The opening chapter of this book stopped me in my tracks. In A Fellowship of Differents, author Scot McKnight posits that our local church determines the direction of our discipleship. Put plainly, he’s saying that the type of church we grow up in –what that church focuses on, what it dismisses (because no church focuses on everything equally) — shapes us in ways we don’t often talk about.
McKnight breaks down the history of how churches have understood the Christian life into six themes:
4. A life that pursues justice and compassion for others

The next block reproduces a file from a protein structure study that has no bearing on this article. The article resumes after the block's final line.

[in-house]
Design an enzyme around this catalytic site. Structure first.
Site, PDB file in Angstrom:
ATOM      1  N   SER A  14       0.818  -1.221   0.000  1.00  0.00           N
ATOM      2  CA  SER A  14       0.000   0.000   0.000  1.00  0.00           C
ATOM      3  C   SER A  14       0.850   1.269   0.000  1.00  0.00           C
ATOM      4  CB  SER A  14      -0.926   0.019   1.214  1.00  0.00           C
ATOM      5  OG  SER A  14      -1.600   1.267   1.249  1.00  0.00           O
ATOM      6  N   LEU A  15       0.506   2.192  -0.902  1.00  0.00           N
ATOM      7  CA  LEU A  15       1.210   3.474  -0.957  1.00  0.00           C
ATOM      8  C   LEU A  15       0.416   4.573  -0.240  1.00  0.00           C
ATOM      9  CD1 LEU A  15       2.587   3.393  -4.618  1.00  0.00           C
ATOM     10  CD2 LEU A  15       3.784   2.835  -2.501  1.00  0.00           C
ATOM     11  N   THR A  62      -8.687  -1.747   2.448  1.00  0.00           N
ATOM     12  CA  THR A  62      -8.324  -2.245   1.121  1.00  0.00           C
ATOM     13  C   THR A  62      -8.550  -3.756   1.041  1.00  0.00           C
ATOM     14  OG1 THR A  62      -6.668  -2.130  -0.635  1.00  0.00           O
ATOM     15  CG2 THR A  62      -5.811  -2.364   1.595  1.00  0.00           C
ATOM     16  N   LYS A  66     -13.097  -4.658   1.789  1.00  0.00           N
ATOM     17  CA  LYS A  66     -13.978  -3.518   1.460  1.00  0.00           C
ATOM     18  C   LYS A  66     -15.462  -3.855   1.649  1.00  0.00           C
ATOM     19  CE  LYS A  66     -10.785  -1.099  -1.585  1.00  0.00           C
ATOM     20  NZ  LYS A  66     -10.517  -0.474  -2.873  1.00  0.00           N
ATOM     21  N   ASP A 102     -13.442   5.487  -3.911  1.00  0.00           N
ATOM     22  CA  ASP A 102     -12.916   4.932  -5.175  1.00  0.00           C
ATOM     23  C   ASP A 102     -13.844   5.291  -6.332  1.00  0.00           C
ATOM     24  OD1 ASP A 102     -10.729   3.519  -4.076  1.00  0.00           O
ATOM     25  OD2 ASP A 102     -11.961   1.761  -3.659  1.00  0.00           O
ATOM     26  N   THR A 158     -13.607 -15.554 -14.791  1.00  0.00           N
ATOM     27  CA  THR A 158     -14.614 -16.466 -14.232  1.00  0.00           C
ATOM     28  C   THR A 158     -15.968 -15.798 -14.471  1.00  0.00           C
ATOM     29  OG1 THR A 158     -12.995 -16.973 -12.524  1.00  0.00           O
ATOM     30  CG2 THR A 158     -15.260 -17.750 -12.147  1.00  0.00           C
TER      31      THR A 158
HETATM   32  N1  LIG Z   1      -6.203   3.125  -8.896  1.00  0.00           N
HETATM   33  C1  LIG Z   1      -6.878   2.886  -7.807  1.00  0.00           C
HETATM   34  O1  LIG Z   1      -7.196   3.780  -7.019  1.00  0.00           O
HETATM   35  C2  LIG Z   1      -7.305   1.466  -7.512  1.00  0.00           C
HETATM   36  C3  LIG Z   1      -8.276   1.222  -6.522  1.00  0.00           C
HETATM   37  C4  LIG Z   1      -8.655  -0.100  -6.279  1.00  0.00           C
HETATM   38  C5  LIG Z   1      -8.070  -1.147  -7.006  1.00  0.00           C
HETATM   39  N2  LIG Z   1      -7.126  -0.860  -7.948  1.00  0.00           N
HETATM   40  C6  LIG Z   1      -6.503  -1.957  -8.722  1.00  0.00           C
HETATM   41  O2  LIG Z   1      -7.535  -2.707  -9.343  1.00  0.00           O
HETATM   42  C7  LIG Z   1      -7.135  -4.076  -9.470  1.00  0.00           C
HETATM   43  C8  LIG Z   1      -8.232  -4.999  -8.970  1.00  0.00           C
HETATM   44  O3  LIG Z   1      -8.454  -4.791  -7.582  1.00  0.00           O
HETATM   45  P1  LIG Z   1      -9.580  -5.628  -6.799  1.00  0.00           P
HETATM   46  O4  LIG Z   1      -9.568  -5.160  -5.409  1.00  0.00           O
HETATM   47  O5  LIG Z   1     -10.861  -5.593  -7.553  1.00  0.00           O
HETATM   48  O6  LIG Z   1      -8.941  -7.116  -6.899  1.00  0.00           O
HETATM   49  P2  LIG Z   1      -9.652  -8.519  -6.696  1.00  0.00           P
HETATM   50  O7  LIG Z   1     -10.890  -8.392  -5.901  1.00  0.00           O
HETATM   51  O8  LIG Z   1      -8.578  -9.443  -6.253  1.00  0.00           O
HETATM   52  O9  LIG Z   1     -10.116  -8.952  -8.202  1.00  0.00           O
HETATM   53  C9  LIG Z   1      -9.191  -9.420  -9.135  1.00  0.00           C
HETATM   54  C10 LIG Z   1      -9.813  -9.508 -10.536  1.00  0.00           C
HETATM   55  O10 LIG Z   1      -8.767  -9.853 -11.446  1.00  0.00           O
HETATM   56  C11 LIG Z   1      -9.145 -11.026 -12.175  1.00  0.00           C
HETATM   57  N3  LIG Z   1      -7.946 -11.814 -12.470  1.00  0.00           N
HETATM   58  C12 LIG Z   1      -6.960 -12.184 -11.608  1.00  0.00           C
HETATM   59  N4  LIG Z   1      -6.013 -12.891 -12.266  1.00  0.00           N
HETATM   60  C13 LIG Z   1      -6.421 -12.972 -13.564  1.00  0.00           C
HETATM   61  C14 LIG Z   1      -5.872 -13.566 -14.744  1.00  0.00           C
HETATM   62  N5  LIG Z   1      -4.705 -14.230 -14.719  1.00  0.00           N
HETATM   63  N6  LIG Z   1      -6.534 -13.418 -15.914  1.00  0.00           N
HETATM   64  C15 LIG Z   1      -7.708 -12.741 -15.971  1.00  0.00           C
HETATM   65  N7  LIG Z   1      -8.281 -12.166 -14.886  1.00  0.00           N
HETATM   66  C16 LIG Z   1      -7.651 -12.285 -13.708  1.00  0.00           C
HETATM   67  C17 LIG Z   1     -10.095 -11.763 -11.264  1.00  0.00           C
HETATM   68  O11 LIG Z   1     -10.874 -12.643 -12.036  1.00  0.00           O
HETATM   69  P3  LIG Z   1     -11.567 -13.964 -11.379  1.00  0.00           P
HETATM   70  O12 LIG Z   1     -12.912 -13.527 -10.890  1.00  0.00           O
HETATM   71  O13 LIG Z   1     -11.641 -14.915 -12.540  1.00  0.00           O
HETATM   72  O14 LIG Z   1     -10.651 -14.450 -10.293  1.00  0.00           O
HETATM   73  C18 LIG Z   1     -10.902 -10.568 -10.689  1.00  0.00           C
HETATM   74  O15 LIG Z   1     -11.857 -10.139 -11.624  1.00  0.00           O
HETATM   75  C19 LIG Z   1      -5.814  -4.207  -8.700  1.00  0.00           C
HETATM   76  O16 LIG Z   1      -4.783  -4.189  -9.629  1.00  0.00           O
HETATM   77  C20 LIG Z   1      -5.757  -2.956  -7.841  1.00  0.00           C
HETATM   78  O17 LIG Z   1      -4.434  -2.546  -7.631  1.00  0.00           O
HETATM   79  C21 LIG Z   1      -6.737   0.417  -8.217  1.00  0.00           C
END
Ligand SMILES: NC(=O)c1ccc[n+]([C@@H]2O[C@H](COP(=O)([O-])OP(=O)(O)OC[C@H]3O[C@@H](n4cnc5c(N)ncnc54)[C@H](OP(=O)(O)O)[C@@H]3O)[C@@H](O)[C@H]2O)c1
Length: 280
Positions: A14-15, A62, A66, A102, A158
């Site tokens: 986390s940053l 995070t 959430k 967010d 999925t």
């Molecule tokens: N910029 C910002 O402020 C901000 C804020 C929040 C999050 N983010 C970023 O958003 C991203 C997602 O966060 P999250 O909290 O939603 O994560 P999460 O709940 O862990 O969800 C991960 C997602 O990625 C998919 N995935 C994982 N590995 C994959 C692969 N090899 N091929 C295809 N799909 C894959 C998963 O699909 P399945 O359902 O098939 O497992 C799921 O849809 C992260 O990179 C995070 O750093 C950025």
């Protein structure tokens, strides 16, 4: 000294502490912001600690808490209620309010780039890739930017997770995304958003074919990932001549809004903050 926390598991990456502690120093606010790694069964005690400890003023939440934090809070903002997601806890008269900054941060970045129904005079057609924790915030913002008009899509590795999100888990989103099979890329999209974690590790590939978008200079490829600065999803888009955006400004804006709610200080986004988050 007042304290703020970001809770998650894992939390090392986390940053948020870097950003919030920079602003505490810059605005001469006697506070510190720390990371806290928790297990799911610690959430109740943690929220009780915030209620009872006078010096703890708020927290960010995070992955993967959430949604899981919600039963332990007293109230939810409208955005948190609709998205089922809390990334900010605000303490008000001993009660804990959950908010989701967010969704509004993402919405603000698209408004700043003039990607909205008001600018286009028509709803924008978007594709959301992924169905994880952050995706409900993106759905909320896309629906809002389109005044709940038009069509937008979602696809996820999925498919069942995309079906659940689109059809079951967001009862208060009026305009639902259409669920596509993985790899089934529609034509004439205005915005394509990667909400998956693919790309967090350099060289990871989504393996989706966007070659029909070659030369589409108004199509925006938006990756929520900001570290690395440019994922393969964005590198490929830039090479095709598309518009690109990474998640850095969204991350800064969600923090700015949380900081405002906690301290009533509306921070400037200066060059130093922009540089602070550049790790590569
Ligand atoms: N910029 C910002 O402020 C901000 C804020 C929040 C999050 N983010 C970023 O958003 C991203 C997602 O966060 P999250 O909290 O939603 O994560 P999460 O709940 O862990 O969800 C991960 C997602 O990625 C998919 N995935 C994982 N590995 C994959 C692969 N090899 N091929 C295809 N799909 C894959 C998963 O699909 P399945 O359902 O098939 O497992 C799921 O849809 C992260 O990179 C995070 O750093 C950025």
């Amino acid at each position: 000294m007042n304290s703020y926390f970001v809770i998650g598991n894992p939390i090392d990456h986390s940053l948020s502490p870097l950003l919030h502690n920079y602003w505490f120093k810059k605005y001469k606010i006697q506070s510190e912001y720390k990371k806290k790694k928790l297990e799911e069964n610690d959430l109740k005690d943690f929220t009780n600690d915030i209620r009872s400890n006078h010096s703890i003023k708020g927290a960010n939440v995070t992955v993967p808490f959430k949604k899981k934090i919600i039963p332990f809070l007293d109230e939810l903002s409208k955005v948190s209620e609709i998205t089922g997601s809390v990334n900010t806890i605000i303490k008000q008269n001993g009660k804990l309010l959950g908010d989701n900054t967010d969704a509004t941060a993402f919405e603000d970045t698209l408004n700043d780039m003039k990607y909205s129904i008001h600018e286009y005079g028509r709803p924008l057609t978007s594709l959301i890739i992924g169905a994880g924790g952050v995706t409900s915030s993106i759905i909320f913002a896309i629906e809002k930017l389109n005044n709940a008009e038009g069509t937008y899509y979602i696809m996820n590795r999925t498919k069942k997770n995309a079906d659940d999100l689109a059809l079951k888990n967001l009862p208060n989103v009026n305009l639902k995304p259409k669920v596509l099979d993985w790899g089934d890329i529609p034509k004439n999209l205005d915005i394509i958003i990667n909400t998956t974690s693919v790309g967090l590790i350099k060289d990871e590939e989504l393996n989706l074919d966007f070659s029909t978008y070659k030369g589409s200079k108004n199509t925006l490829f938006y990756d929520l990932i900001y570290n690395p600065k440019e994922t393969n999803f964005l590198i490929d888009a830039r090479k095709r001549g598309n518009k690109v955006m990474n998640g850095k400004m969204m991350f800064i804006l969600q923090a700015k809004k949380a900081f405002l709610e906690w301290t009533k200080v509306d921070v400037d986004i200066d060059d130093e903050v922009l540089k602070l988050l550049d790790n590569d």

As I thought about these, I recognized how the church where my faith was formed “majored” in some of these, “minored” in one or two others, and ignored the rest. This, as McKnight acknowledges, has benefits and drawbacks. He spends the rest of the book suggesting ways we can all find balance, celebrating the strengths of our early experience and filling in the gaps we notice as we grow and mature.
I appreciate that McKnight went far beyond the usual conversation about church diversity and offers every reader a chance to “individualize” their experience of this book and draw from its wisdom. Good stuff.
Disclosure: I received a copy of this book from the publisher in exchange for an honest review.